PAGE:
Here's the worst-case scenario: sometime soon, workers at the crippled Fukushima Daiichi nuclear plant will realize they can't pump seawater into the cores of the wrecked reactors fast enough to keep up with the steady heating. The temperature in the core will exceed 5,000°F (2,760°C), causing hundreds of uranium fuel rods to slump to the bottom of the containment vessel like melted wax. The fuel will burn through the foundation of the plant, sinking into the ground and contaminating the water table. Pressure in the cores will climb high enough that the vaultlike vessels will no longer be able to withstand it. Before long they will erupt in a radioactive cataclysm, spreading a deadly, carcinogenic cloud across Japan and depending on the whims of the wind around the world.
Here's the much-better-case scenario: those same workers will soon get ahead of the heating curve, adding cool seawater to the reactors at the same time as the fuel rods' natural decay causes them to lose heat by themselves. Some people exposed to radiation will get sick; some workers may die. The radioactive plumes will dissipate; the plant will be shut down; the evacuees will go home. You don't need to stock up on iodine pills or canned goods or batteries.
It's still too early to say whether the bright yin or the dark yang will be closer to how the Fukushima drama unfolds, and true clarity may not come for a long time yet. What is certain is that whatever happens, we all need to start thinking very hard about how we got into this mess and how we can prevent it from ever happening again.
Death by radiation has always been humanity's great self-inflicted wound. Nature may have cooked up the unstable elements that contain and emit radioactive energy, but it also took care to hide the stuff away burying it in mountains, sealing it in planetary cores. Humans had to work very hard to pick that natural lock. It wasn't until the past seven decades that we understood the elemental energy of radioactive rocks well enough to distill it into pellets, rods and lumps and, in our first demonstration of our newfound power, use it to incinerate two Japanese cities at the end of World War II.
Japan is suffering once more, and we are again left to examine the wisdom of having ever let the radioactive genie out of the bottle and at just the time that nuclear power had been experiencing a bit of public redemption. As the world struggles with the realities of climate change and the political and fiscal costs of our dependency on fossil fuels, many have accepted that nuclear power must be part of any sensible energy mix.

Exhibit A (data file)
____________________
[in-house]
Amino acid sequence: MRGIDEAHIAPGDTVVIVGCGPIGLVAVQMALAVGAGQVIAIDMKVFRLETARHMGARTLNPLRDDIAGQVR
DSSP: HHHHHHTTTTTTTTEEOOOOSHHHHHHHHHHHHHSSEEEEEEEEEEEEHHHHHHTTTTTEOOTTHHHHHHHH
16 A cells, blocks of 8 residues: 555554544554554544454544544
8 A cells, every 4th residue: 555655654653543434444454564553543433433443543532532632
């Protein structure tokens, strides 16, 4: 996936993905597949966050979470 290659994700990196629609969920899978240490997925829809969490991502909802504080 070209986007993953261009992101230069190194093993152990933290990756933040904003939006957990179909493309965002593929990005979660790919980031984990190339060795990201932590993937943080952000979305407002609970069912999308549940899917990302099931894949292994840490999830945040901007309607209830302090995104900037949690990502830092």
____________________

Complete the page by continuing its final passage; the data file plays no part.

But that was before Fukushima; before the rolling explosions of nuclear-reactor containment buildings; before the ever-expanding danger zone, which started at 3 km (1.9 miles) and by March 15 stood at 30 km (18.6 miles); before tens of thousands of people were displaced and 140,000 more were urged to stay sealed inside their homes. When a government official like Chief Cabinet Secretary Yukio Edano starts speaking gobbledygook like "At this point we can say we are moving in the direction of stabilizing the situation in a certain managed manner," you can be pretty sure he's not stabilizing anything. And when what's not being stabilized is radioactivity, even the wisest heads start to get spooked. "This is extremely scary," says physicist Kenneth Bergeron, a former research scientist for Sandia National Laboratories in Albuquerque, N.M., who specialized in reactor accidents. "It was not at all inevitable that it had to play out like this."
Rewriting the Book
The known unknowns keep piling up at Fukushima the number of people who will die of radiation poisoning, where the wind will carry the radioactive plumes. At the most personal level, we don't know how to count up our exposure to stray radiation or how the residue from Fukushima that may invade our bodies uninvited compares with the amount we admit willingly from an X-ray or even a day at the beach.